While law firms have their presence on LinkedIn, it’s always important to remember it’s people who sell, and it’s people who buy. People shape buying decisions, whether that’s in B2C, B2B, or A2Z. We’re not robots. In B2B maybe we have to be seen to be more rational to convince ourselves we’re making a sensible decision, and to get the sign off from any other stakeholders, but fundamentally we’re all driven by emotion and people, regardless of context.
That’s why it’s so important that you have your own individual legal identity on social media to play a bigger part those buying and selling decisions. You are the master of your own personal legal brand, and it’s you who’s responsible for building your brand and reputation to bring results. LinkedIn is one of the most powerful weapons in your professional arsenal to do just that.
So how do you build a personal brand on LinkedIn? Let’s take a look.
Your Personal Legal Brand
Improving Your Profile & Optimising It For Search
Your profile is the first thing anyone sees when they find you on LinkedIn, so it needs to share your personal brand at first glance. There are several visual elements of your profile, like your profile and cover photo. Your cover photo gives you a chance to set out a little bit about what you do, and what you stand for. Consider adding some text, logos, or icons. Profile photos however, need to be some form of professional looking headshot, especially in the legal market.
You then have a headline section on your profile which sits just under your photos. You only get 120 characters for a headline, and you have to include a few keywords that people will generally search for. Remember LinkedIn is much like the search engines so the words you choose matter. Your title, your area of specialisation, your authority in the industry, and your typical clients. Anything more will probably breach the character limit, and there is space elsewhere to go into more depth.
Of course the remaining components of your profile need to convey consistent messages, and are essential to reflect your personal legal brand. Take the time to sell yourself. Be specific, use facts and figures, highlight your results and accomplishments, and avoid jargon!
The Essentials For Your Profile:
- A summary section that sets you apart – Tell me about you, why do you do what you do?
- Professional experience – Your achievements to date relevant to your field. Results!
- Expertise, certifications, & qualifications – Verify your reputation to gain credibility.
- Contact info – Make it easy to get in touch. Phone/Email/Website etc.
- Skills & Endorsements – Reviews & recommendations from peers or clients will bolster your profile.
- Create a custom profile URL – It looks much more credible & professional.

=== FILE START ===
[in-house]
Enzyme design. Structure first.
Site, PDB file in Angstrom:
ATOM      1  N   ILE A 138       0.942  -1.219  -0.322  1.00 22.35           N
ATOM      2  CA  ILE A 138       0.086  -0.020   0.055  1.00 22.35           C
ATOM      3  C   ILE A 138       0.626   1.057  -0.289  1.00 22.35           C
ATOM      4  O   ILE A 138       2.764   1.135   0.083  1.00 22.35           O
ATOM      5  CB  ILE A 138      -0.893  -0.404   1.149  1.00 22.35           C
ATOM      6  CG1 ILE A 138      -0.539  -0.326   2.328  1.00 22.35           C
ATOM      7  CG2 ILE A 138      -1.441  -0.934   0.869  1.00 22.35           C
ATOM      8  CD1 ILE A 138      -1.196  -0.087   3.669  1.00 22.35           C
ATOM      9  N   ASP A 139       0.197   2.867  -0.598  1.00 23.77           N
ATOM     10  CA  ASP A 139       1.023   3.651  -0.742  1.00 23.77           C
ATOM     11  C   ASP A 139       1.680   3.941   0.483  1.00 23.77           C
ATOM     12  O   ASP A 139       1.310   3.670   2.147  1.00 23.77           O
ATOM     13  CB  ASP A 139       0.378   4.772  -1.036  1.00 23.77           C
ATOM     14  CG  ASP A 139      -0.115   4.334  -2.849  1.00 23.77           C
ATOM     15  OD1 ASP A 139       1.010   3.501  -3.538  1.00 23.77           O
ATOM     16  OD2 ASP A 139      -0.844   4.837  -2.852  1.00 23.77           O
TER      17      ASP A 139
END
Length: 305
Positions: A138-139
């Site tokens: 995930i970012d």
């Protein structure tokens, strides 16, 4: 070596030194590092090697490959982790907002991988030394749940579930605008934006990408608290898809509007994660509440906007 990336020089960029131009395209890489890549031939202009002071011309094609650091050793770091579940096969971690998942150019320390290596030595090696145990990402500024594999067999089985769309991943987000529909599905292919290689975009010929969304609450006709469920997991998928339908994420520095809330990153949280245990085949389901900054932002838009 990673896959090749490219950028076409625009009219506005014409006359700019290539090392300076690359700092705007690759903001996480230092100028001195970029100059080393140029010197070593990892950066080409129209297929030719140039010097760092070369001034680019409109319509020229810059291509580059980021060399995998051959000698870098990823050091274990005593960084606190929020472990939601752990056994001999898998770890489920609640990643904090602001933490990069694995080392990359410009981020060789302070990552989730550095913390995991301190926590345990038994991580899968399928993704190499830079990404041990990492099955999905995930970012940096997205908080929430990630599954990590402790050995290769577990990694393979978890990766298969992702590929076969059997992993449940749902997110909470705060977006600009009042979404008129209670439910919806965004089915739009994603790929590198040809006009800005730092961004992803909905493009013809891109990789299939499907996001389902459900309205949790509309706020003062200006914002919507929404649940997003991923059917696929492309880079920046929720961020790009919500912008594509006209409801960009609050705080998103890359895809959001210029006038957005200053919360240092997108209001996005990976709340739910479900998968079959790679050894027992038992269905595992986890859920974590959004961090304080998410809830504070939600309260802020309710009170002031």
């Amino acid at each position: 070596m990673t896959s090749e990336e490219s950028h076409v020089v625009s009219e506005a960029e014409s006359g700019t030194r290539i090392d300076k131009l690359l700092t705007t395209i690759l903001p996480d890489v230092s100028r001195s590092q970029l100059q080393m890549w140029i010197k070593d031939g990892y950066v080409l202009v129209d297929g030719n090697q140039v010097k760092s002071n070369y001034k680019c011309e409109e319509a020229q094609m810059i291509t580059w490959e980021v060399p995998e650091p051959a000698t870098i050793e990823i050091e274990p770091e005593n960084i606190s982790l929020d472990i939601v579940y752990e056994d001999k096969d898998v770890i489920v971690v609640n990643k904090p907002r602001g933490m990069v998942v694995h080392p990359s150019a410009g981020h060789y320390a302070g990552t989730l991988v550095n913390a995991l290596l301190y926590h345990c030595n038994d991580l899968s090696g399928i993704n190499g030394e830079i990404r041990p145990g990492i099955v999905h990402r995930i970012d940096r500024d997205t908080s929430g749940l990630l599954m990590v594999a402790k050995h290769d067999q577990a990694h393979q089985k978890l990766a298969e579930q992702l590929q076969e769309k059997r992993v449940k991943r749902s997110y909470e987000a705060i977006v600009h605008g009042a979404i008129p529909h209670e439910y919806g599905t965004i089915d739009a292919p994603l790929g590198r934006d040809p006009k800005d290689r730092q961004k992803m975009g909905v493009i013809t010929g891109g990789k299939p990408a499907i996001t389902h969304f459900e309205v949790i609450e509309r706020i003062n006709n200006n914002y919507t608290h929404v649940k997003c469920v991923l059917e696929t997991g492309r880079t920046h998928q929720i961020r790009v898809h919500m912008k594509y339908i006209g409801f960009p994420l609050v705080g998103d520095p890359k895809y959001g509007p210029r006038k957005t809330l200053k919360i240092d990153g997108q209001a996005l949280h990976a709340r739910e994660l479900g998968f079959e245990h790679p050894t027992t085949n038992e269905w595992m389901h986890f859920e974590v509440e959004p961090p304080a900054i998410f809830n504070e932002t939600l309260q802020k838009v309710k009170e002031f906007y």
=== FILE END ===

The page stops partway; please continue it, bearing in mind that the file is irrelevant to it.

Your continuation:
- Using the featured section – Pin meaningful articles/news to your profile.
The final essential is that over time, things change… Rocket science isn’t it. Update your profile regularly. If something has happened, make a note of it. Some stuff will change far less regularly, but things like featured sections, endorsements, and results, might change on a weekly basis.
There isn’t always a right or wrong answer with content, but there is often a does it work vs doesn’t it work. Your content needs to be unique, engaging, and entertaining, and it needs to be targeted. To do so you have to find out what your audience wants and fill that void.
- Find your niche – create relevant, targeted and actionable content within your area of expertise.
- Explore your audience’s needs – Use keyword research to find out what your audience wants to know. Rationalise your points or decision making with data & science.
- Develop a content strategy – Help yourself plan better by outlining your goals, identifying specific topics, narrowing your target audience, and picking a selected media & channel etc.
- Engage with other content – Like, share, or comment with other engaging & useful content. It’s all about connecting your audience to information, whether thats yours or someone elses.
- Use analytics – Assess what is & isn’t working after the fact. Make changes to reach your goals, perhaps you’re landing with the wrong audience, or you need to guide more specific solutions. Analytics might tell you the answers.
Join Groups & Associations
LinkedIn has countless groups to help you succeed on the platform. These groups are great ways to expand your knowledge, share ideas, participate in healthy discussion, and meet people. You need to use groups differently to how you set up your profile though.
Limit the self-proclamation, and talk less about what you & your firm has done. Try to champion discussions, talk about other people, other stories, your community, etc. If you have any problems, here is a great place to share, and if you have solutions to others problems, share them as well!
Groups are often full of like-minded individuals from within your industry, so it’s pretty likely there’ll be someone there with answers you’re looking for, just as it is that you’ll have answers for someone else!
Get Constructive Feedback
Two sets of eyes is almost always better than 1. Reach out to people in your network and ask for an honest assessment of your personal legal brand. They might uncover things you’ve missed, over-complicated, or oversimplified etc.
Naturally LinkedIn is all about engaging with people, so always be open to network with eager individuals. Remember to consistently refresh your profile, whilst your content will carry the burden of your personal legal brand. Use groups to further your knowledge pool, as well as gather constructive feedback and ideas. People buy and sell from people, we’re not robots. Your law firm needs individual representation online, and LinkedIn is one of the best ways to go to get leads through the door.
If you would like to find out more about legal branding, please contact us here for a free consultation!